Carvajal isn't the first Catholic writer to discover Jewish roots, but in other genealogical discoveries, the writers' families haven't been Catholic for more than a few decades. In Carvajal's case, she is looking at Jewish roots that go back to the 1400s in Spain. This is tough work, difficult genealogy to research, and so remote in time that Carvajal depends a lot on clues more subtle than birth certificates and religious documents.

There is a definite spirituality to Carvajal's work. The first chapter of her book describes the bell ringing in Arcos de la Frontera in a quiet, poetic way that allows the reader to hear the bells in the rhythm of the words. Carvajal is easy to read; she makes history accessible, entertains the reader with pages that are delivered like a travelogue, and muses out loud on paper about her family and where they came from, how they got there, and how she can get back to the beginnings of her clan.

Since Jews were expelled from Spain in the later 1400s and the Inquisition forced any remaining Jews or Muslims to convert to Christianity, Carvajal writes a great deal about people who led dual lives, secret lives, or lives forced upon them by others.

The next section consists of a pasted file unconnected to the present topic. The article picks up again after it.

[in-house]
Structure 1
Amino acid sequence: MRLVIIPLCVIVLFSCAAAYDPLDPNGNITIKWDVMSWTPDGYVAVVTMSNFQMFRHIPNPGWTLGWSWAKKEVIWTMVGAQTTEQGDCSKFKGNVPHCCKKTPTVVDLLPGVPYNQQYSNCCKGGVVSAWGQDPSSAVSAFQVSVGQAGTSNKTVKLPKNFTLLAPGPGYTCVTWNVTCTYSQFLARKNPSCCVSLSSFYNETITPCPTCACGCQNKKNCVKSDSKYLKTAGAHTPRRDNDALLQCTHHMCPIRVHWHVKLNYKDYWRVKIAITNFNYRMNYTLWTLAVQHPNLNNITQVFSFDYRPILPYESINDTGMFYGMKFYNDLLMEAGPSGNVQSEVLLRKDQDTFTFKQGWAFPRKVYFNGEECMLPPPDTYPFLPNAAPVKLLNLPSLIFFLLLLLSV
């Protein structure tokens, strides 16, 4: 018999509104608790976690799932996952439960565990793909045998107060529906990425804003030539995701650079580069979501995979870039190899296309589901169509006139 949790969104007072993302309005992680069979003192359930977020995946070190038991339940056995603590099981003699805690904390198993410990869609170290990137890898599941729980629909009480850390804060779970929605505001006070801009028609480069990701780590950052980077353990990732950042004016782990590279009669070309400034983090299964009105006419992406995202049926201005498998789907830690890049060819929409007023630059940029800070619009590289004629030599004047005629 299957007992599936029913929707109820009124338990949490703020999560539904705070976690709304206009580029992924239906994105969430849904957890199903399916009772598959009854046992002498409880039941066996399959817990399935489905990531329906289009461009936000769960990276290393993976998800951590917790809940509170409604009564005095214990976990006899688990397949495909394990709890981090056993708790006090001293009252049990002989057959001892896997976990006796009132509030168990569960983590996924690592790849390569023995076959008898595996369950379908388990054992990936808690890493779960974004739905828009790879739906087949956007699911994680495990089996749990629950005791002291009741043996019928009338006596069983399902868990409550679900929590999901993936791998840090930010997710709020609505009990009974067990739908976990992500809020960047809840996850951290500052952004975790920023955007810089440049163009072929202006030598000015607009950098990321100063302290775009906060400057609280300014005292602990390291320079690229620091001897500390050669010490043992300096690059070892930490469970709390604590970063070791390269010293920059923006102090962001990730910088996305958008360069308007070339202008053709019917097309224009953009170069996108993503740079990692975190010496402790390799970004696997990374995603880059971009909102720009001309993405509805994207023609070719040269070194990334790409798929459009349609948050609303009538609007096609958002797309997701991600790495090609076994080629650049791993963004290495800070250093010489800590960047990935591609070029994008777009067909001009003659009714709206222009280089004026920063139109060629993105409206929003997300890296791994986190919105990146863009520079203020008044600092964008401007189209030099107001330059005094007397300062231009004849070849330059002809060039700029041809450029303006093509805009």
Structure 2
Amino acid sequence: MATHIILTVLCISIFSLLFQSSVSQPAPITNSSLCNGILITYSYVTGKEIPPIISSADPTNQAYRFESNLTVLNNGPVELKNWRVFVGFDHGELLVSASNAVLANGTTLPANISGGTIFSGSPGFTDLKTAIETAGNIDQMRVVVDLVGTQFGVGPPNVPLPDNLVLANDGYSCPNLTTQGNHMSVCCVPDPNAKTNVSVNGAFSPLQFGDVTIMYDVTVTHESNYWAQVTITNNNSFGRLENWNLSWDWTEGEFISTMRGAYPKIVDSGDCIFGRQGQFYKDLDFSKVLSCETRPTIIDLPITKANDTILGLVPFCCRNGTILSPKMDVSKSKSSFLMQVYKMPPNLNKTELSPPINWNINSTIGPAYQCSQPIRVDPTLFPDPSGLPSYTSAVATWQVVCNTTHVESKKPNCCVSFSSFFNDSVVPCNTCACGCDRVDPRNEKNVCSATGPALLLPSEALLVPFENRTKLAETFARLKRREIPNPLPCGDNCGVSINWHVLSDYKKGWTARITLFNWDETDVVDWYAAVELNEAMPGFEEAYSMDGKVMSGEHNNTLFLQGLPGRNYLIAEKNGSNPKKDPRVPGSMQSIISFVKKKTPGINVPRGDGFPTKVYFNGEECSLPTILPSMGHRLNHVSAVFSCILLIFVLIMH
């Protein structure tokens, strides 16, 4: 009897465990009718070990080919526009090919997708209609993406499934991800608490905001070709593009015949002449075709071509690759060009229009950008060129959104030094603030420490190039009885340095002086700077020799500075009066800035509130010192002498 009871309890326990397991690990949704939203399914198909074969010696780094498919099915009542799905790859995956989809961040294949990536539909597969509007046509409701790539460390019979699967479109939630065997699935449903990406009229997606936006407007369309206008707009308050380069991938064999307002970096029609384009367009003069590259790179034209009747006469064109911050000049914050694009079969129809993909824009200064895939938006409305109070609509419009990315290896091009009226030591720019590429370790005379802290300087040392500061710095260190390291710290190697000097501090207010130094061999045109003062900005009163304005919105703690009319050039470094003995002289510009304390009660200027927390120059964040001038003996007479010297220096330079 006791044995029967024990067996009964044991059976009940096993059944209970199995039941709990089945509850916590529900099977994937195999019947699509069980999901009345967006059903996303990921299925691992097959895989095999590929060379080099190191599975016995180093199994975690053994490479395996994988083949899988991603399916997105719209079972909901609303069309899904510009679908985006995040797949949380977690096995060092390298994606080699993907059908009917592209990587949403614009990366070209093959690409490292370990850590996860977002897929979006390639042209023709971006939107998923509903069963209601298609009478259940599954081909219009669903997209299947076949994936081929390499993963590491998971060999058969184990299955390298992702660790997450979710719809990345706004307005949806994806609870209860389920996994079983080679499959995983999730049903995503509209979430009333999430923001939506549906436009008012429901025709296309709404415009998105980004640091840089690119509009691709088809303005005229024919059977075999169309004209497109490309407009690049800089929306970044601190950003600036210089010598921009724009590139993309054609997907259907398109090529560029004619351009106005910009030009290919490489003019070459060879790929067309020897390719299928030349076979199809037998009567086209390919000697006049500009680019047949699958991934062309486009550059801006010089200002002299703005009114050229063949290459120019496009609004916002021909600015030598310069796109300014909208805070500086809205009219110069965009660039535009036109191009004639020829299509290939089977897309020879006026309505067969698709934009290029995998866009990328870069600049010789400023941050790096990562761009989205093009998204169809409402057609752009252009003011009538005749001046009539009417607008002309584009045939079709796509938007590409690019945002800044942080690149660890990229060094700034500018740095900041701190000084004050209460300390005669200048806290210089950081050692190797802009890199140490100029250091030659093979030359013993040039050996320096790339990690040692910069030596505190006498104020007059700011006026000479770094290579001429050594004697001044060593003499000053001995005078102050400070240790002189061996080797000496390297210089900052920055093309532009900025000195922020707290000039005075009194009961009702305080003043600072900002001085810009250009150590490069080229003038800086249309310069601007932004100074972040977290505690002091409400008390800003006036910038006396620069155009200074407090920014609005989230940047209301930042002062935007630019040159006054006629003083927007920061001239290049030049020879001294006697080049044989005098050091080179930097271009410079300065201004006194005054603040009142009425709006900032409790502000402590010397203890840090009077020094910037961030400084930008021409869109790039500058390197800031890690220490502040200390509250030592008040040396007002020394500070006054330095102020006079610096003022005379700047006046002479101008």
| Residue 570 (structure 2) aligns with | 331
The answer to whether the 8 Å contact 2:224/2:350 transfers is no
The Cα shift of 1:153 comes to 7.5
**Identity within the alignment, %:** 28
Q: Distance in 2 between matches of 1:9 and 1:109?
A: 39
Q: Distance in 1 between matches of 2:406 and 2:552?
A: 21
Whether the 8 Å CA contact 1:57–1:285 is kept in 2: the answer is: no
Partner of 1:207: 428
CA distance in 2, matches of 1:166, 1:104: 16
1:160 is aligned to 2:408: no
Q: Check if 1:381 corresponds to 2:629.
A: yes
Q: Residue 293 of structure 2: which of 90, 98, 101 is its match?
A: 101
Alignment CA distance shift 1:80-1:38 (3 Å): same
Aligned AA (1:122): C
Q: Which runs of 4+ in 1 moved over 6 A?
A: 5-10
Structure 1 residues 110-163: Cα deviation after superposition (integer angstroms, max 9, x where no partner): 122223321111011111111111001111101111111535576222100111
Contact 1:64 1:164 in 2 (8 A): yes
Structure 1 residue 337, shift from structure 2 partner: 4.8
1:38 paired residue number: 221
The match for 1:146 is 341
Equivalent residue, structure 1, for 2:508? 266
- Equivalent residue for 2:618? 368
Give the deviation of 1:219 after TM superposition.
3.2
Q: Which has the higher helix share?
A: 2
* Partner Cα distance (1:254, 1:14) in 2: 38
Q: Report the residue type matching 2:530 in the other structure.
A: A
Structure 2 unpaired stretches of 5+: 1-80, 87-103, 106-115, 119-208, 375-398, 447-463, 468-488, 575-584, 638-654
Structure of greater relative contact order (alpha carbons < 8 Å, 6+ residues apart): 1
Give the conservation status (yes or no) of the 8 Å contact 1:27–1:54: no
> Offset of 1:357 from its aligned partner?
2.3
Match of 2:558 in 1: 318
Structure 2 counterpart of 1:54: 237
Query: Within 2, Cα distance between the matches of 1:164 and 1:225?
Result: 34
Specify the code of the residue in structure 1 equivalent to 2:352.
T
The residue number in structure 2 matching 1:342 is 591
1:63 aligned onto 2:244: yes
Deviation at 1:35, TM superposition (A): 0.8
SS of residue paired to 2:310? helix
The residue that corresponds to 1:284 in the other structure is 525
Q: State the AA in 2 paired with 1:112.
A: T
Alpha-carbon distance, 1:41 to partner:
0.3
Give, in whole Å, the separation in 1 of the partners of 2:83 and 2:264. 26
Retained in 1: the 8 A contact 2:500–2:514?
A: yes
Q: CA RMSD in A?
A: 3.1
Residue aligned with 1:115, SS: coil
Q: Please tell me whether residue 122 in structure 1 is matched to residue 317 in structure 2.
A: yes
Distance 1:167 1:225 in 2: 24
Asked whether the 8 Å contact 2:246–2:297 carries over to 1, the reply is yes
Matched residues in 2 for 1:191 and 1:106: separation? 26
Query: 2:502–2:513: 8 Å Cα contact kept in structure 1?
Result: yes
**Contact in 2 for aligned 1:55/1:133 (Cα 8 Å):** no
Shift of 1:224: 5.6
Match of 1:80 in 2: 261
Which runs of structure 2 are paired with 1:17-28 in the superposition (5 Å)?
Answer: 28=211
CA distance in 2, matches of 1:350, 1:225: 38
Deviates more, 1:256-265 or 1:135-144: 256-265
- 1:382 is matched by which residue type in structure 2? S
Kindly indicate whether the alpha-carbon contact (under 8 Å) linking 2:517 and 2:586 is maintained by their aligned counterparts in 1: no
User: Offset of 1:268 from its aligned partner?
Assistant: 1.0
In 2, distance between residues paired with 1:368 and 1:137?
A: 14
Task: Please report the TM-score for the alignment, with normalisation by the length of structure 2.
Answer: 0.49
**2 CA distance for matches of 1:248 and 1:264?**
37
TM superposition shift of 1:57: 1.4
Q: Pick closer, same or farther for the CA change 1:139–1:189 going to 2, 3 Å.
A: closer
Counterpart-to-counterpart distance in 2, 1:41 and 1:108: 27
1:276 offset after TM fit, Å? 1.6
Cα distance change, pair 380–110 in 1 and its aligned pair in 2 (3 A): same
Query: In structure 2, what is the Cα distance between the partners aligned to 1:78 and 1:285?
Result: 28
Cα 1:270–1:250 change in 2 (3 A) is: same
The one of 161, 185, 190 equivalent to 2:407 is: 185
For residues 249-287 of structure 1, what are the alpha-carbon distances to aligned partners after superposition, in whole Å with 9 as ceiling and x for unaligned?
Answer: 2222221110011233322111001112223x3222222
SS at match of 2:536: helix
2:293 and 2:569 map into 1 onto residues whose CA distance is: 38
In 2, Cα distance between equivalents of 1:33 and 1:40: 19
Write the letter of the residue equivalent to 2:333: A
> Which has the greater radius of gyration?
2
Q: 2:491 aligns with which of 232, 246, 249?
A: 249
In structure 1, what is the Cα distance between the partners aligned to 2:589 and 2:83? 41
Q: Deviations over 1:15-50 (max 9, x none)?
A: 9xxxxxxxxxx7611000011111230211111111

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15 of 16 people found the following review helpful By Miranda on September 16, 2012
Format: Hardcover
This is a book that I really wanted to love. The first few chapters drew me in very quickly and I was intrigued by the subject.

Doreen Carvajal, is a journalist and it shows with this book, which reads as individual columns in a series. My problem with this is that single threads of the book are separated from each other by other threads. The chapters are mostly quite short and it's disrupting to become interested in something only for it to end abruptly and the subject to pick back up in three chapters.

The chapters could have easily been consolidated into three or four main sections of the book, and I can only imagine that the author wanted it to feel more like her own journey. This makes for a very unsatisfying book though, and if I hadn't received this to review I don't think I would have finished, to be honest (and I rarely put down a book without finishing it). Every time I felt myself start to enjoy the book again the chapter would end and the moment, the focus, would be broken.

There are also a few chapters toward the end which really don't have anything to do with the book's subject. They seem to be stories she just wanted to tell and then sort of vaguely related to her subject at the end of each story. They were yet another barrier between the reader and any sort of conclusion.

Carvajal's writting is very good, her interpretations seem valid, her instincts are good, and the subject is fascinating. It is only the organization of this book which allows all of those positive aspects to falter. While this aspect doesn't seem to have bothered other reviewers it meant I couldn't fully immerse myself in the book.